Honor the Heroes of the Game, Preserve Its History, Promote Its Values & Celebrate Excellence Everywhere
"Now’s the time to quit. I want them to remember me as a good end. I’ve heard those boos from the grandstand before, and believe me, it’s a lot more fun to quit with cheers instead ringing in your ears.”
(Michigan)...5'9'', 190...William Ernest Hewitt. . .First to be named All-NFL with two teams - 1933, 1934, 1936 Bears, 1937 Eagles. . .Famous for super-quick defensive charge. . .Fast, elusive, innovative on offense. . .Invented many trick plays to fool opposition. . . Middle man on forward-lateral that gave Bears 1933 NFL title. . .Played without helmet until rules change forced use . . .Born October 8, 1909, in Bay City, Michigan. . .Died January 14, 1947, at age of 37.
Bill Hewitt is most often remembered for his stubborn refusal to wear a helmet. He finally donned headgear in his final NFL season but only because new NFL rules left him no choice. While an interesting sidelight, this should not overshadow the fact that Hewitt was one of the finest two-way ends ever to play football at any level.
Bill was a terror on offense but absolutely peerless on defense. An "iron-man" performer who averaged more than 50 minutes playing time each game, Hewitt had a zest for competition and a record for making the biggest plays in the toughest situations. He was always conjuring up new gimmicks to foil the opposition.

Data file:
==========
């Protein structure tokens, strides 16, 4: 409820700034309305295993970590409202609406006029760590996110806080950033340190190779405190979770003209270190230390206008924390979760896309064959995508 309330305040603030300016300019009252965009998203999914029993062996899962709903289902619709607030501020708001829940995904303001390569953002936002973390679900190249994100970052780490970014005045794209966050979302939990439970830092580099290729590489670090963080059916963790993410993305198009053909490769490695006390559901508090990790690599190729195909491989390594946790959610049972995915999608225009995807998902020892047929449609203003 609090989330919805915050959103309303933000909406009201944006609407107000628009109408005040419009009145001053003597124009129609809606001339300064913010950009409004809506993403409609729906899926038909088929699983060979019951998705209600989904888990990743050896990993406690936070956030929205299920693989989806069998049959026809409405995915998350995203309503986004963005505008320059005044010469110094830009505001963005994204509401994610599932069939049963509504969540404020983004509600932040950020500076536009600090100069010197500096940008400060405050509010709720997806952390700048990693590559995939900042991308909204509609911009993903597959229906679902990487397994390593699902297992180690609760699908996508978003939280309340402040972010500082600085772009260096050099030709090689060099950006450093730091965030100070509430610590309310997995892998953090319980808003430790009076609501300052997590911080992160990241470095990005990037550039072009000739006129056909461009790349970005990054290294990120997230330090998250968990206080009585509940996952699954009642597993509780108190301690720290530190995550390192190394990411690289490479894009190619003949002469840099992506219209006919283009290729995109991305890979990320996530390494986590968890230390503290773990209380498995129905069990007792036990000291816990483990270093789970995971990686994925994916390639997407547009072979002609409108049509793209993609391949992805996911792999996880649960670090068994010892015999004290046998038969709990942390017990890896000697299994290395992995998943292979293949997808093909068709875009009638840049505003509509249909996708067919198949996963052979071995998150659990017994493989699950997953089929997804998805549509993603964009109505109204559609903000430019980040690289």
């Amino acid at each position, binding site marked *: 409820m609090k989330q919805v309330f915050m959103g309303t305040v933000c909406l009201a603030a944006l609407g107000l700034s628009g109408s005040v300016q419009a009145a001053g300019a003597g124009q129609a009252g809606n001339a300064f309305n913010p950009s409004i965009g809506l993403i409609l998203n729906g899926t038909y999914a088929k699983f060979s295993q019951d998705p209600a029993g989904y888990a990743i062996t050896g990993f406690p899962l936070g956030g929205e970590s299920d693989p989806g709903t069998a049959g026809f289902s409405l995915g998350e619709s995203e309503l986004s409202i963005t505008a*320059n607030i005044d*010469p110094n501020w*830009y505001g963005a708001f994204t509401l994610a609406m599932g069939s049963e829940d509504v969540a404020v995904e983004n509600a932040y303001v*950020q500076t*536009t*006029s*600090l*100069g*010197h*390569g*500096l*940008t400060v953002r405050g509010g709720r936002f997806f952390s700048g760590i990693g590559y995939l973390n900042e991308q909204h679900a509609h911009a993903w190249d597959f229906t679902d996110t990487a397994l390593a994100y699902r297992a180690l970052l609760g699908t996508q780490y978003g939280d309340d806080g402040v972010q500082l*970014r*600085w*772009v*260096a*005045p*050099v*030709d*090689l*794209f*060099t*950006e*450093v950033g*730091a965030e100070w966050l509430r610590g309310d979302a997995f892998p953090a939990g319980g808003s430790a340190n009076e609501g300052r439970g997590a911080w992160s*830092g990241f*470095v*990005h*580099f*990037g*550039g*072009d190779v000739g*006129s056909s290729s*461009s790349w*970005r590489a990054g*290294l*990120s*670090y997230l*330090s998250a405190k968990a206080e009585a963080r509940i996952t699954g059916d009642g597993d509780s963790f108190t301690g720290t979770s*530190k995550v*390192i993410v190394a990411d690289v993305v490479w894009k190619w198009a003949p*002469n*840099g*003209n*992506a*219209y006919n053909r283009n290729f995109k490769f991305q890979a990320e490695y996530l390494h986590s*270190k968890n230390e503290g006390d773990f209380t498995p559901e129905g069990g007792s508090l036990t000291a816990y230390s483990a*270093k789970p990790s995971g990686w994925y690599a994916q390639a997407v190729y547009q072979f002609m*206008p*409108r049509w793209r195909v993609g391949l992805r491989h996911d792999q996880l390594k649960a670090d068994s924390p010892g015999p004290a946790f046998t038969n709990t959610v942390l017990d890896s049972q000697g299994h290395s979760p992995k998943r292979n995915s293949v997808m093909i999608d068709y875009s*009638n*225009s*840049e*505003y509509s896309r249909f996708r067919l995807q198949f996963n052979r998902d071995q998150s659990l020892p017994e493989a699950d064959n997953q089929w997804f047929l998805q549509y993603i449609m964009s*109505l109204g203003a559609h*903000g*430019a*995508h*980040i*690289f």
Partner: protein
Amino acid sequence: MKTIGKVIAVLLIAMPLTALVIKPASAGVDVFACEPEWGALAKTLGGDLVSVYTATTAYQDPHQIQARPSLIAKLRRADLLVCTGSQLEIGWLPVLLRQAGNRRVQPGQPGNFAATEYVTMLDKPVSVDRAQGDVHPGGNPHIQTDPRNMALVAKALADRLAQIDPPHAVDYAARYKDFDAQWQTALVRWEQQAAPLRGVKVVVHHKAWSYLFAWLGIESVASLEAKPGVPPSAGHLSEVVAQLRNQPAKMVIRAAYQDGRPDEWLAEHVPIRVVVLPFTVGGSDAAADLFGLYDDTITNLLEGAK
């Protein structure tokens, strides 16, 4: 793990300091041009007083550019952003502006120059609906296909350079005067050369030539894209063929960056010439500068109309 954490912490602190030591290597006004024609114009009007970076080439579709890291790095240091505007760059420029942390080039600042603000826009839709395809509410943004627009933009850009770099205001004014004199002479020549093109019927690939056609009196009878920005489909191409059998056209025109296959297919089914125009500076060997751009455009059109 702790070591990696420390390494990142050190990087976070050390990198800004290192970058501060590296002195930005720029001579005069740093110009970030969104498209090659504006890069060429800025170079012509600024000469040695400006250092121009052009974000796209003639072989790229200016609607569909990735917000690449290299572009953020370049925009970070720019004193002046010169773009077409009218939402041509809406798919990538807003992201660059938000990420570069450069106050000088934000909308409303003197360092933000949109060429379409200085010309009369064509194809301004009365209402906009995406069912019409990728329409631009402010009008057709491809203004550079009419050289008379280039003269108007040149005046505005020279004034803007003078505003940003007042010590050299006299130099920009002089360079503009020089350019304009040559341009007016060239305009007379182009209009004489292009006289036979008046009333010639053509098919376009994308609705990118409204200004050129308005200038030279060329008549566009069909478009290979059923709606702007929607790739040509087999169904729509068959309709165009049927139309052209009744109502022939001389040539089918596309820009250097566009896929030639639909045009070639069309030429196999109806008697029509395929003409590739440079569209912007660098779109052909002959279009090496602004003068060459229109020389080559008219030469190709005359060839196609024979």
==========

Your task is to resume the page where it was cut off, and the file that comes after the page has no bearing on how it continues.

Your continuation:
One of his special plays called for a jump pass from fullback Bronko Nagurski. Hewitt would in turn lateral to another end, Bill Karr, racing toward the goal line. It was this play that gave the Bears a victory in the NFL's first championship game in 1933, a 23-21 win over the New York Giants.
On defense, Hewitt became the first player to make the masses take their eyes off the football just to watch him stymie the opponent. Because he had a jet-propulsion start at the snap of the ball, the fans tabbed him "The Offside Kid," because they couldn't fathom anyone reacting so quickly without being offside.
Equally impressive was his tackling and his uncanny knack of diagnosing enemy plays. Hewitt was the first to admit he wasn't much of a player either in high school or at the University of Michigan. Once he reached the NFL, it was a different story. He was named all-league as a rookie by one major publication and repeated the honor in 1933, 1934,1936,1937, and 1938. The last two times he was selected as a member of the Philadelphia Eagles.
Full Name: William Ernest Hewitt
Birthdate: October 8, 1909
Birthplace: Bay City, Michigan
High School: Central (Bay City, Mich.)
Died: January 14, 1947
Elected to Pro Football Hall of Fame: January 16, 1971
Enshrined into Pro Football Hall of Fame: July 31, 1971 (represented by his daughter, Mary Ellen Cocozza)
Presenter: Upton Bell, GM, Patriots
Other Members of Class of 1971: Jim Brown, Frank "Bruiser" Kinard, Vince Lombardi, Andy Robustelli, Y.A. Tittle, Norm Van Brocklin
Pro Career: 9 seasons, 101 games
Drafted: Hewitt played prior to the NFL Draft being implemented.
Uniform Number: 56